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Winter wader wonderland

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Posted: Wednesday 19th December 2018 by WildBlog

(c) Adam Jones

By Louise Treneman, Avon Wildlife Trust Living Landscape Assistant

As the days draw in and temperatures drop, birders wrap up, grab a flask and their binoculars and head in the direction of their nearest estuary. This is because the colder days and longer nights signal the start of one of the greatest birding sights of the year - the arrival of the waders. These are birds which wade along shorelines and mudflats foraging for food such as worms in mud or sand.

Our region is lucky enough to be home to the Severn Estuary, an area designated as a Special Protection Area (SPA), because it is a wetland of international importance for the number of waterfowl it regularly supports over winter.

Though we humans may feel the cold at this time of year, for birds that breed in the Arctic the British coast is a cosy place to bed down for the winter. The estuaries around the UK are food-rich havens for millions of waders each year. The Severn attracts just shy of 100,000 individuals each winter, including Bewick’s Swan, Curlew, Redshank and Dunlin to name a few. It is also a significant site for the migration of Ringed Plover on their way south.

Once a common sight across farmland, lapwings are sadly declining, with numbers falling by 88% in the last 25 years across Avon. Despite this, you can still see large flocks of these waders at the Severn Estuary. Look for beautiful black-and-white birds with a splendid crest, and listen out for their plaintive pee-wit call which gives the bird its traditional name, the pee-wit. Also known as the green plover, its eggs were once a delicacy. Due to their decline, taking plover’s eggs is now illegal.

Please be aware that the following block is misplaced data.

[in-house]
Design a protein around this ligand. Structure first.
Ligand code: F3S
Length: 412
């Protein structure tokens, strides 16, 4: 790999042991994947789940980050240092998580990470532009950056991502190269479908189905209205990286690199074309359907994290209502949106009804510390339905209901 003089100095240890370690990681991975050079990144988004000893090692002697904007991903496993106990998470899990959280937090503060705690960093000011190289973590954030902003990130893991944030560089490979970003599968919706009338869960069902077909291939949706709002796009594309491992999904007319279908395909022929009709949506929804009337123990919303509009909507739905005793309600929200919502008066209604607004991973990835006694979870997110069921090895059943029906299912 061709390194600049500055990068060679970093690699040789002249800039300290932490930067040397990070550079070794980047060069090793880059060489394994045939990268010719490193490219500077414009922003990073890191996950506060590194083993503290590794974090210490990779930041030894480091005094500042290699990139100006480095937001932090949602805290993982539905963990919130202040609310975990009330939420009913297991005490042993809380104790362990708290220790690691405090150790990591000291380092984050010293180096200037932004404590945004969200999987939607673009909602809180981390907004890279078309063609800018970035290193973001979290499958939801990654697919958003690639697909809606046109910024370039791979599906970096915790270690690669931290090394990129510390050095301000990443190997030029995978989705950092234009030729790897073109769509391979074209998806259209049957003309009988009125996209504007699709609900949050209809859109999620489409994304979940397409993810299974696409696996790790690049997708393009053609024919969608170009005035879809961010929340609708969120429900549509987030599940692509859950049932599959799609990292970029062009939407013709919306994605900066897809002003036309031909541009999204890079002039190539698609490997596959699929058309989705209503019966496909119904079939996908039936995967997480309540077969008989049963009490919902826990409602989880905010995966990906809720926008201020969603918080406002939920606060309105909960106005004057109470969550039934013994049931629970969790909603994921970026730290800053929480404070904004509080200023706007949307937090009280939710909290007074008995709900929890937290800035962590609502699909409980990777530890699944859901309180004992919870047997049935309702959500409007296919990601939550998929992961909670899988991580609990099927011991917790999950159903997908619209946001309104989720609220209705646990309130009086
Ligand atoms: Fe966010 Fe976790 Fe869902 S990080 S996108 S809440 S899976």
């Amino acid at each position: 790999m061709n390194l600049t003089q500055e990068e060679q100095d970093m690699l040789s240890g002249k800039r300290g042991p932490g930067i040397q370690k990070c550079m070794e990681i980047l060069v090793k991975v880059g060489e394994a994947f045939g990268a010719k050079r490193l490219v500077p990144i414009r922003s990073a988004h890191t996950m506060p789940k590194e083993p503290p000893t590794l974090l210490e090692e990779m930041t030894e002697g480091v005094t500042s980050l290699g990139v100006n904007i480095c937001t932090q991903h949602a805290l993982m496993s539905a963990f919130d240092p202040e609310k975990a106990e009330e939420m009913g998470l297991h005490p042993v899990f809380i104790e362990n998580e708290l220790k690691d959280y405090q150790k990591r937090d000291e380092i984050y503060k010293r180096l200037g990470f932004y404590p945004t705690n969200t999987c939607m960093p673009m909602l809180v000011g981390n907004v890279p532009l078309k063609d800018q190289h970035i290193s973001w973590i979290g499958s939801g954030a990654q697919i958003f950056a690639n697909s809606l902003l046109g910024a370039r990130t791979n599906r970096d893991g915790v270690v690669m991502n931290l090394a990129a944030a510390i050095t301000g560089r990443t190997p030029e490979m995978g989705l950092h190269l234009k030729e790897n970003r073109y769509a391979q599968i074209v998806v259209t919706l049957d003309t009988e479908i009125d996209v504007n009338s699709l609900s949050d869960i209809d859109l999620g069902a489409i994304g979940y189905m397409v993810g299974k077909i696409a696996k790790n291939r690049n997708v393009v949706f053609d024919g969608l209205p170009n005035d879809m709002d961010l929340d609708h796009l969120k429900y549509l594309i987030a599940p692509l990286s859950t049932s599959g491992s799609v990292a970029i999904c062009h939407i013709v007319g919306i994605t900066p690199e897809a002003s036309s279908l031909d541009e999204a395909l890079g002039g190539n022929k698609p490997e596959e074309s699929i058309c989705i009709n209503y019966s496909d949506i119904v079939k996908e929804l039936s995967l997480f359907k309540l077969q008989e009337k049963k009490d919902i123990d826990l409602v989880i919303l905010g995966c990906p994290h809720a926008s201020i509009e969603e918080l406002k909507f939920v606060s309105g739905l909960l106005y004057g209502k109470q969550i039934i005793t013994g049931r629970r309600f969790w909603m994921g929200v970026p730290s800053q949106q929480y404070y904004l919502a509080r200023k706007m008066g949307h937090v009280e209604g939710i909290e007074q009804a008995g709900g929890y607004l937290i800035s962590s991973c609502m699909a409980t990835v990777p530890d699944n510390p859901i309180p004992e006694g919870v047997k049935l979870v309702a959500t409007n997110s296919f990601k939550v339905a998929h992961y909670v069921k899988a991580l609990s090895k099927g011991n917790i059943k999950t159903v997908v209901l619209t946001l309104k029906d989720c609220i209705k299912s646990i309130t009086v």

Avon Wildlife Trust is currently working on a project to encourage lapwings back to the Gordano valley in North Somerset, one of the largest areas of coastal wetland in England. Funded by a Biffa Award as part of the Landfill Communities Fund, our conservation staff and volunteers are working across 80 hectares between Portishead and Clevedon to create the conditions to attract and protect lapwing breeding pairs. Improving this habitat for lapwings will help many other wetland birds and other wildlife in years to come.

The curlew is another frequently spotted wader, the largest wading bird in Europe and recognisable from its long, downturned bill. The UK is of international importance for over-wintering curlew, as they, like the lapwing, have suffered concerning declines in recent years. Their long drawn-out mournful bubbling call in flight is worth a listen, and distinguishes them from the very similar (but far rarer) Whimbrel.

If you’re heading to the estuary, another wader you may be lucky enough to see is the oystercatcher. With their striking red bills and black-and-white plumage, they are hard to miss, and if you do, they are sure to draw your attention with their insistent piping call. With a bill specially adapted to open cockles and mussels, most of these birds spend their winters by the sea.

At these coldest and darkest times, there’s a wealth of winter wildlife experiences to be had.
A great place to head to is Pilning Wetlands on the Severn Estuary. The area, to the north of Bristol, was re-landscaped in 2011 to create a wetland for waders, and has since become a key site for birds and bird watchers alike. Stick to the paths to avoid disrupting the birds. High tide is the best time to visit, as the birds are pushed inland as the water rises and the area of mud on which they feed is reduced. Happy winter wader wandering!

Book on the Avon Wildlife Trust winter bird ID course at Folly Farm Fri 25 January 10am – 4pm

Bewick’s swan (c) Gillian Day, Lapwing (c) Pete Evans

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